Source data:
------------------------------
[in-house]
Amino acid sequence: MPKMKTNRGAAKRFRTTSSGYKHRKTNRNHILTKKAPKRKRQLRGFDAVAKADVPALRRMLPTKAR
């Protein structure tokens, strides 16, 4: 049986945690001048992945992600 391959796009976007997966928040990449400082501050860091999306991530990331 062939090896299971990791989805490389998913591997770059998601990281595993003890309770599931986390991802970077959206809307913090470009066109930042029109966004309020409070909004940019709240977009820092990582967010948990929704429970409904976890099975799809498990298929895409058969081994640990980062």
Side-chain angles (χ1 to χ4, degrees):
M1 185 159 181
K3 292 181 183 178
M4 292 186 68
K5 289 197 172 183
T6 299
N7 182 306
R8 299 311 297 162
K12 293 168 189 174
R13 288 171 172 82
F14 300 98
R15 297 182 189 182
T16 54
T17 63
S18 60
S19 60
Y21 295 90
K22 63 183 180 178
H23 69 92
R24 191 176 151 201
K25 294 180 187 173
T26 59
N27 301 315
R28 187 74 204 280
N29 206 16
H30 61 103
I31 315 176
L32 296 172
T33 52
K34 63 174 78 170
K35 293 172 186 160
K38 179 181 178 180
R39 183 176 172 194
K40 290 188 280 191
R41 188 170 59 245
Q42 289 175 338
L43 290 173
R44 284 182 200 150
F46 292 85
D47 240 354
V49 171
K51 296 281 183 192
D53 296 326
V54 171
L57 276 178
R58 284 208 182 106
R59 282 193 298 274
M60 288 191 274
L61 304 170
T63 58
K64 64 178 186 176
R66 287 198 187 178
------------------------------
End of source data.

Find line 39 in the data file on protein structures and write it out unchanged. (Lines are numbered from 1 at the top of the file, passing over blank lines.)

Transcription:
Q42 289 175 338